Marketers in the UK are least concerned about wasting their ad budgets, with just 20% of total budgets believed to be lost on the wrong channels or strategies.

The findings come from research by Rakuten Marketing on over 1,000 marketers across the UK, US, France, Germany and Asia-Pacific (APAC) regions, exploring the perception of ad spend efficiency across multiple markets.

On a global level by comparison to the UK, over a quarter of marketers (26%) believed ad spend to be misplaced, while marketers in France (30%) and the US (30%) showed higher levels of skepticism.

Profession to lifestyle

Exploring the priorities of marketers in the UK, Rakuten Marketing identified four key profiles – ‘architects’ (experienced data analysts), ‘advancers’ (who chase new channels and campaigns), ‘advocates’ (networkers with focus for video content) and ‘adaptors’ (marketing optimisation specialists).

According to findings, 22% of data-driven architects – which represent 12% of UK marketers – believed just 18% of their total marketing budget was misplaced – the least waste of all four types.

The research further found that advancers, who constitute 49%, are actively investing in newer channels such as voice (36%) and virtual reality solutions (28%), while advocates – the “old school networkers” that make up 31% – perceive a clear role for video content in 2018 with 56% planning investment. However, just 5% of this group still holding faith in the role influencer marketing.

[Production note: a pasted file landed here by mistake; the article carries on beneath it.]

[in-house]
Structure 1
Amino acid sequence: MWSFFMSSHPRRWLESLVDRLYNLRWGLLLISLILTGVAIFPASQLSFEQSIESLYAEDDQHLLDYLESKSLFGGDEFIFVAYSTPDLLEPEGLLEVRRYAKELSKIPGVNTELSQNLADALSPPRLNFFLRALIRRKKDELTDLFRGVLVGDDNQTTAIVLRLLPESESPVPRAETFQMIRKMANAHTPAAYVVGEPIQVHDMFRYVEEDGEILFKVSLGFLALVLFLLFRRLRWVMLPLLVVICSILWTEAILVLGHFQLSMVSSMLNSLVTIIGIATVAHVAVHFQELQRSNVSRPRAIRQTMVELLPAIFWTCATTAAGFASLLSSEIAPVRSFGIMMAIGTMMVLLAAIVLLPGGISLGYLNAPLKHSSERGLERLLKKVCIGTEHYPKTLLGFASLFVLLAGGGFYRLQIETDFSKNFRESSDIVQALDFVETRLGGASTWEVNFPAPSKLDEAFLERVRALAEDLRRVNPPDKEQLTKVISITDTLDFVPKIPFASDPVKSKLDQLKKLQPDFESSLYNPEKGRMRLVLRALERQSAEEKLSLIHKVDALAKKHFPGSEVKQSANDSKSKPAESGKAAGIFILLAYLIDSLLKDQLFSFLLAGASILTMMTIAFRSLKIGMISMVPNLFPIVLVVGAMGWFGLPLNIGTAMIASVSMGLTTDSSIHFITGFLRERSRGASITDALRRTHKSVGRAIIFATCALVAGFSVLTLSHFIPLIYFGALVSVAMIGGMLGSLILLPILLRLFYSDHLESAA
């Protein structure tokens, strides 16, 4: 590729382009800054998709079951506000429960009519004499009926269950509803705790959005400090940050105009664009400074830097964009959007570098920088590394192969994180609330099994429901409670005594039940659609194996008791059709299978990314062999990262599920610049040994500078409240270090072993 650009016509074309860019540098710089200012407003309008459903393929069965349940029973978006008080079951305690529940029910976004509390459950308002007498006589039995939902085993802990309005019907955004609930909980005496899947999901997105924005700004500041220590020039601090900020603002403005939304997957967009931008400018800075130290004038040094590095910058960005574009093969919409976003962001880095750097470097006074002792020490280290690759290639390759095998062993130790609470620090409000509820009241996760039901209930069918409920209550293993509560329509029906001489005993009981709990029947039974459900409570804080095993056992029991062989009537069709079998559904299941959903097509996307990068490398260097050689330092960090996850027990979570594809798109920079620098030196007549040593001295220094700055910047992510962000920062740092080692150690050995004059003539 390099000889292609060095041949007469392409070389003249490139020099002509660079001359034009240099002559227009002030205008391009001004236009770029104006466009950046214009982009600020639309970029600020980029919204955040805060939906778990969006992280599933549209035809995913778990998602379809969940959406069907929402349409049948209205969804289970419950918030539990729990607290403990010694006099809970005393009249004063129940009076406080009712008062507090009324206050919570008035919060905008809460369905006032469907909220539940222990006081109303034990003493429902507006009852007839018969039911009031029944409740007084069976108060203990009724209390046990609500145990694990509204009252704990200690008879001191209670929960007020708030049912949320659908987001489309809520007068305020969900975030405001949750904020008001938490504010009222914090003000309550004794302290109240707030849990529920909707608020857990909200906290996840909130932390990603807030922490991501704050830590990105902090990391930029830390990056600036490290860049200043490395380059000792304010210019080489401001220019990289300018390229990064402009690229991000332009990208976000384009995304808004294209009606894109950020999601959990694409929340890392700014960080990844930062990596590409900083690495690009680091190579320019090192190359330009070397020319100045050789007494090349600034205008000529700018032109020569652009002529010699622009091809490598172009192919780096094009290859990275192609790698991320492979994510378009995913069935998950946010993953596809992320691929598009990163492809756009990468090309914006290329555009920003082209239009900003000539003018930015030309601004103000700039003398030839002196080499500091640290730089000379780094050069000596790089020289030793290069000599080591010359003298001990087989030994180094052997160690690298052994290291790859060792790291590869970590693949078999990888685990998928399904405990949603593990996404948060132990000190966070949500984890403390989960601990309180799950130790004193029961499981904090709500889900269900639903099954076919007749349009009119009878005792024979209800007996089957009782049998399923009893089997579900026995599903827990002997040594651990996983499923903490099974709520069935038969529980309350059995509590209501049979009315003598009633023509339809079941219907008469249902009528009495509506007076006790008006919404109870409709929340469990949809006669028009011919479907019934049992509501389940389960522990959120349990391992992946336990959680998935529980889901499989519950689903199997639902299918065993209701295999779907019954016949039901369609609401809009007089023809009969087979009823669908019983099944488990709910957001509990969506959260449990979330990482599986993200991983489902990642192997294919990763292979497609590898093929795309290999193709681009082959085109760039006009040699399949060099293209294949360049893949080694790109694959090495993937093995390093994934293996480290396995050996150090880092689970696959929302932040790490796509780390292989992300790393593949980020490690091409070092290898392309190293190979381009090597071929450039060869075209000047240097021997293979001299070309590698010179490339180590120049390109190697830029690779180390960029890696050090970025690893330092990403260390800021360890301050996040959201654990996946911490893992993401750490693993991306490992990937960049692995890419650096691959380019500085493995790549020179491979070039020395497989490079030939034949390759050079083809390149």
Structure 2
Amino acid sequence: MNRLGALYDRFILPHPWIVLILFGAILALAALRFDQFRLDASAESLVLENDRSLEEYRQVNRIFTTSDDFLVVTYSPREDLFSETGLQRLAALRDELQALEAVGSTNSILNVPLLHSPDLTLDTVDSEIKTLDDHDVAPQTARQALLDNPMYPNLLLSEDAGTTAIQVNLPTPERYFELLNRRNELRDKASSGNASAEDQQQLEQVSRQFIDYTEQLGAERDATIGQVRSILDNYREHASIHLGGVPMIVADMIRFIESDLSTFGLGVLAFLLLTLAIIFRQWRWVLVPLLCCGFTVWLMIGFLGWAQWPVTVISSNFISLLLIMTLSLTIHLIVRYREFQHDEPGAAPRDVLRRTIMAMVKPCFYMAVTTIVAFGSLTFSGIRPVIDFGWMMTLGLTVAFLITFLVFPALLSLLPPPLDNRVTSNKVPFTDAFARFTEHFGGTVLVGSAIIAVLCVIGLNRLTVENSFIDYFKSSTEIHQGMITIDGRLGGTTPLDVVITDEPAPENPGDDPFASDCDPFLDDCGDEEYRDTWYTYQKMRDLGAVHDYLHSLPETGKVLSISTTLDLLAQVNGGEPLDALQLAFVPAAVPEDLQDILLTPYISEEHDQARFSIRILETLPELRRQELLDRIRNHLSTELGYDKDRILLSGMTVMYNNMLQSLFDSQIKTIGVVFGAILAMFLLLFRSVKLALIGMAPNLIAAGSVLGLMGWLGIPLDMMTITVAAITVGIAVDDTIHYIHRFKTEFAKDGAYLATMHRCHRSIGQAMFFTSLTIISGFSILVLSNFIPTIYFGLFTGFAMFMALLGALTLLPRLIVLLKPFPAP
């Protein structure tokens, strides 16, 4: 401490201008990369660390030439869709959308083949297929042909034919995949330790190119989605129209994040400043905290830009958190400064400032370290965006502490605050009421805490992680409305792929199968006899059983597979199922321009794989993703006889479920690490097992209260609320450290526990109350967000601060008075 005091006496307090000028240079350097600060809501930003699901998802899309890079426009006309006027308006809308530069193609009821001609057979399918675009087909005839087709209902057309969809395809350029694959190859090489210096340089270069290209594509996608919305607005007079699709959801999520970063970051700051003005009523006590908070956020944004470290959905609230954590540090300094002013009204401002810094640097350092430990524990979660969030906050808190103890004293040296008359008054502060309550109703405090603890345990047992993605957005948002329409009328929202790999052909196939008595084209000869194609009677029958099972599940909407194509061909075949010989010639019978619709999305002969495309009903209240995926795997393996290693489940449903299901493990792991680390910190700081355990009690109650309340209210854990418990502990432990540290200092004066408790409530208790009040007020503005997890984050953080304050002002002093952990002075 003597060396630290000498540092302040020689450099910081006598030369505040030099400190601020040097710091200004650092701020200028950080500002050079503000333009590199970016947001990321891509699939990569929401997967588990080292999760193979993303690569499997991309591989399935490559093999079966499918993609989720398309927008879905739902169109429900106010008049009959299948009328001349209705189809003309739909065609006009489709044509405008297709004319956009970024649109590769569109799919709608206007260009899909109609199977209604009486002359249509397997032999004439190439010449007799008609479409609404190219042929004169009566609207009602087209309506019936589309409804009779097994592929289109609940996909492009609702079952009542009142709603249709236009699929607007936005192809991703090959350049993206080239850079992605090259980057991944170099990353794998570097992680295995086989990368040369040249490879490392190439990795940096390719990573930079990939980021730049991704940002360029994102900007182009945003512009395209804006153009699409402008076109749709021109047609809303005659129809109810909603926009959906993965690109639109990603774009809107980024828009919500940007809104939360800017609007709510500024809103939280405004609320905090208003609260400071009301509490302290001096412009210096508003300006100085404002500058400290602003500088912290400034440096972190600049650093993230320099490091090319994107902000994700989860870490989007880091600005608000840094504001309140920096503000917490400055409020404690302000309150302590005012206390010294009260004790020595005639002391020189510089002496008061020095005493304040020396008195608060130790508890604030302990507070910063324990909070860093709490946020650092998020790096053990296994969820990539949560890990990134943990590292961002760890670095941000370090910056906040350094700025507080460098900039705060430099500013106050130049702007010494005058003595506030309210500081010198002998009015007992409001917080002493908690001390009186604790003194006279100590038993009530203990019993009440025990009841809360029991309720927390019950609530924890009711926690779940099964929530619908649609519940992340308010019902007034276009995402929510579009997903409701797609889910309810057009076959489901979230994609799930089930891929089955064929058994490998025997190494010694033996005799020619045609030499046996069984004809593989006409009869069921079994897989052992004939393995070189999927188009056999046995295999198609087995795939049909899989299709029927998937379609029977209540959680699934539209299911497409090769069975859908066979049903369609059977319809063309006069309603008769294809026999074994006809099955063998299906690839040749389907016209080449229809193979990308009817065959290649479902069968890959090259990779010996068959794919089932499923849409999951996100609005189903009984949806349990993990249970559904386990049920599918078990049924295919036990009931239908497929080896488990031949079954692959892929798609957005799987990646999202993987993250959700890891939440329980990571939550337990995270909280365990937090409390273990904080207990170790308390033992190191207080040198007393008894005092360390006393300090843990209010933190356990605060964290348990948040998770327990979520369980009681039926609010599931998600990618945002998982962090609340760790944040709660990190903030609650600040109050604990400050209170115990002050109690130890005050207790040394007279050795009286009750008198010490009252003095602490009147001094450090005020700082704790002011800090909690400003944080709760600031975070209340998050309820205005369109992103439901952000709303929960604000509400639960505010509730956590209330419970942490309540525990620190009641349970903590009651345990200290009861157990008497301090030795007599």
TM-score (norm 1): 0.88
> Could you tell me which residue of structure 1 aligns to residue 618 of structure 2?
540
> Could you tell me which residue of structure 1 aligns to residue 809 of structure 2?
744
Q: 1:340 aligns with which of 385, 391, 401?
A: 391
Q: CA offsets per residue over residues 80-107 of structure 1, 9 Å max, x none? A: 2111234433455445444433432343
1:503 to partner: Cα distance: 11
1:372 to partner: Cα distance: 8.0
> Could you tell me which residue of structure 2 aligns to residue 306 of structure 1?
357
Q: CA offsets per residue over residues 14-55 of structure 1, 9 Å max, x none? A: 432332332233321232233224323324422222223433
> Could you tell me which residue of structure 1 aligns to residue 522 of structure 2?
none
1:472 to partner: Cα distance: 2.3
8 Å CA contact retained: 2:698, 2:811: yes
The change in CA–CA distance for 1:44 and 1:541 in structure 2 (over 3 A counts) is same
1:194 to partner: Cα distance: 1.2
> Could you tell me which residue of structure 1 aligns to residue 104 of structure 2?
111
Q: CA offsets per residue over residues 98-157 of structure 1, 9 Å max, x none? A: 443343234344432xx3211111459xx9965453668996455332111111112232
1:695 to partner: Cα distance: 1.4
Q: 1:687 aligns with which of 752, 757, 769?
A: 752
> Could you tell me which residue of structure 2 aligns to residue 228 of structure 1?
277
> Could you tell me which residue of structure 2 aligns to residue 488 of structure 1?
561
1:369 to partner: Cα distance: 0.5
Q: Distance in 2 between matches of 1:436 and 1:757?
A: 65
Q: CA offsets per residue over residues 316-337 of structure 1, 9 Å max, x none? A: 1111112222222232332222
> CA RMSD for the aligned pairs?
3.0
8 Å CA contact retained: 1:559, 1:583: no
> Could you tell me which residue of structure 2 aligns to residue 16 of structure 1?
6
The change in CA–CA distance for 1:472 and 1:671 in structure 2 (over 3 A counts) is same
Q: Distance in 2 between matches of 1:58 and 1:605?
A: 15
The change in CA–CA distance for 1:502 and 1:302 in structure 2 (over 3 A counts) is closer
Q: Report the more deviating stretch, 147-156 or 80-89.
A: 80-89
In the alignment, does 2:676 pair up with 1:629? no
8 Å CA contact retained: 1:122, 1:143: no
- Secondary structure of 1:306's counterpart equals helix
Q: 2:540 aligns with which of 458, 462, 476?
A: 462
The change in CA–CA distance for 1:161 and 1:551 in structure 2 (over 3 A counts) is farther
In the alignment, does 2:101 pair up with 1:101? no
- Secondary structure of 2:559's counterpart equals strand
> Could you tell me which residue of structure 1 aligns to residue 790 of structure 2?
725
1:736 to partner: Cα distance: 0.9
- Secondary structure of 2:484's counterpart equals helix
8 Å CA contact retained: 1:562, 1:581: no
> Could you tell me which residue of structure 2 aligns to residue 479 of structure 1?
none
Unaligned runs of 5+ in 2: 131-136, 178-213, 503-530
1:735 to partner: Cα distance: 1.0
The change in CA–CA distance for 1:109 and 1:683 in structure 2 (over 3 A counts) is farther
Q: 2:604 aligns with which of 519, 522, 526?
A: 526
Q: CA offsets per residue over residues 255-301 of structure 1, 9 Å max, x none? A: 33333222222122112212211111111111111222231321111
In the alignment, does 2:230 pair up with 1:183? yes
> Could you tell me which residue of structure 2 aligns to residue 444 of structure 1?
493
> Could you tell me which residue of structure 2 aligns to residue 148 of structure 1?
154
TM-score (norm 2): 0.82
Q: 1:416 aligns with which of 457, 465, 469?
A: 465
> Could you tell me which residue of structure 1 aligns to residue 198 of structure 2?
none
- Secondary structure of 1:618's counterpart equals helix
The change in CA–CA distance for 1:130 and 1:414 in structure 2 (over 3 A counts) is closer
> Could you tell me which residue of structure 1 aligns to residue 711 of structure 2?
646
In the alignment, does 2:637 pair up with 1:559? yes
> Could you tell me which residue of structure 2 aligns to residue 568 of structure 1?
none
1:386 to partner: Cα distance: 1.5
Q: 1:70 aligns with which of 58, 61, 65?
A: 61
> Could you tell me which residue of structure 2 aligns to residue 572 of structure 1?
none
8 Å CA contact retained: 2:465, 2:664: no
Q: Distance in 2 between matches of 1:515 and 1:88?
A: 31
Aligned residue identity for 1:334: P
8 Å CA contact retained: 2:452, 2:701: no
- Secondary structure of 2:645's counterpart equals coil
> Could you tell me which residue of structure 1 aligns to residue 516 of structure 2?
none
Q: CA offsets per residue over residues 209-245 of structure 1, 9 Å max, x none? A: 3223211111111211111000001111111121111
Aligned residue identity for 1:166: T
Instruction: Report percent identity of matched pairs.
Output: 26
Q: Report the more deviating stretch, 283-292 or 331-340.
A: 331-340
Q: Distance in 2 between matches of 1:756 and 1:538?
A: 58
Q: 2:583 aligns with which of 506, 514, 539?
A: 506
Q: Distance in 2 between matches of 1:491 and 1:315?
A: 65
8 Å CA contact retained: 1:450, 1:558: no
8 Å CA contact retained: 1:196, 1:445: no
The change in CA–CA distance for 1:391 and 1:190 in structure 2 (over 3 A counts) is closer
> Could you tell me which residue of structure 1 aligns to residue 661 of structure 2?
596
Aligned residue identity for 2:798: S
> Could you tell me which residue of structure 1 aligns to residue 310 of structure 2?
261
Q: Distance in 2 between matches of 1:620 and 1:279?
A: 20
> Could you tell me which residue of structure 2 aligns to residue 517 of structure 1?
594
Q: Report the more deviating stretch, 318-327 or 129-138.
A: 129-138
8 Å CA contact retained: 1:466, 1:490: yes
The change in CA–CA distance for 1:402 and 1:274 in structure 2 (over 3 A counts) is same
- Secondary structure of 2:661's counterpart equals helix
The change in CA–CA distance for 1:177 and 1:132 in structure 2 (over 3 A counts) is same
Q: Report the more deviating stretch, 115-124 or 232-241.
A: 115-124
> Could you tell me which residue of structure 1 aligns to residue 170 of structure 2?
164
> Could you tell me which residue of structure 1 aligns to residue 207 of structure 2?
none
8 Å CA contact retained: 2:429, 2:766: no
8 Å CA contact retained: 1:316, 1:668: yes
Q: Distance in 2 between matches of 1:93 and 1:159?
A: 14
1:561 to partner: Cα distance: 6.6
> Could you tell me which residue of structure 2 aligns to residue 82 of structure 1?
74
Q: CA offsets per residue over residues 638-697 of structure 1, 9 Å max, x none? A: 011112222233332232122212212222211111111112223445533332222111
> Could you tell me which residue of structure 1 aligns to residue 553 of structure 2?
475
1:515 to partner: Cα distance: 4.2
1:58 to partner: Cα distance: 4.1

Meanwhile, among the smallest (9%) segment of marketers, 68% of adaptors are turning away from traditional sales peaks in a bid to keep campaigns consistent throughout the year.

“The fact that advancers and advocates dominate the marketer population today at 81% is no surprise,” commented Alison O’Leary, founder at LiveTrue Career & Life Coaching.

“With the infinite advent of new technologies and channels and the personal relationship expectations of consumers, marketing has moved from a profession to a lifestyle. However, the disciplined, data-focused skills of adapters and architects are equally vital.”